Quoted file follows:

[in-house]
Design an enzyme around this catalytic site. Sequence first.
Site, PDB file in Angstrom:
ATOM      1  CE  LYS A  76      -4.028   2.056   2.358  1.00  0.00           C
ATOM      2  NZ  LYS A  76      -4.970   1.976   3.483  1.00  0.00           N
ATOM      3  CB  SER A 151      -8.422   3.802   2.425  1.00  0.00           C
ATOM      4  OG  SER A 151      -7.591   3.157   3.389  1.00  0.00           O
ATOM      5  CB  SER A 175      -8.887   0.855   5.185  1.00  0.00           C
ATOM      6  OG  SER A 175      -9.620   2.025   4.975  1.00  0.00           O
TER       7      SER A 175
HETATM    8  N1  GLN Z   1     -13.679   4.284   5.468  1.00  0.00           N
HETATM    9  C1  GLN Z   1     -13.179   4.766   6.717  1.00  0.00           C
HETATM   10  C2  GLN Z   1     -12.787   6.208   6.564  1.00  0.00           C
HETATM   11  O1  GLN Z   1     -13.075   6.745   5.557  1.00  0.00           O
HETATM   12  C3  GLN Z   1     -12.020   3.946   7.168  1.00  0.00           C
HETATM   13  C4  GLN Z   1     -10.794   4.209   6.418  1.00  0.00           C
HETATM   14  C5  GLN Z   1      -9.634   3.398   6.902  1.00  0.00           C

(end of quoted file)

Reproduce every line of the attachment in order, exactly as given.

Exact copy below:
[in-house]
Design an enzyme around this catalytic site. Sequence first.
Site, PDB file in Angstrom:
ATOM      1  CE  LYS A  76      -4.028   2.056   2.358  1.00  0.00           C
ATOM      2  NZ  LYS A  76      -4.970   1.976   3.483  1.00  0.00           N
ATOM      3  CB  SER A 151      -8.422   3.802   2.425  1.00  0.00           C
ATOM      4  OG  SER A 151      -7.591   3.157   3.389  1.00  0.00           O
ATOM      5  CB  SER A 175      -8.887   0.855   5.185  1.00  0.00           C
ATOM      6  OG  SER A 175      -9.620   2.025   4.975  1.00  0.00           O
TER       7      SER A 175
HETATM    8  N1  GLN Z   1     -13.679   4.284   5.468  1.00  0.00           N
HETATM    9  C1  GLN Z   1     -13.179   4.766   6.717  1.00  0.00           C
HETATM   10  C2  GLN Z   1     -12.787   6.208   6.564  1.00  0.00           C
HETATM   11  O1  GLN Z   1     -13.075   6.745   5.557  1.00  0.00           O
HETATM   12  C3  GLN Z   1     -12.020   3.946   7.168  1.00  0.00           C
HETATM   13  C4  GLN Z   1     -10.794   4.209   6.418  1.00  0.00           C
HETATM   14  C5  GLN Z   1      -9.634   3.398   6.902  1.00  0.00           C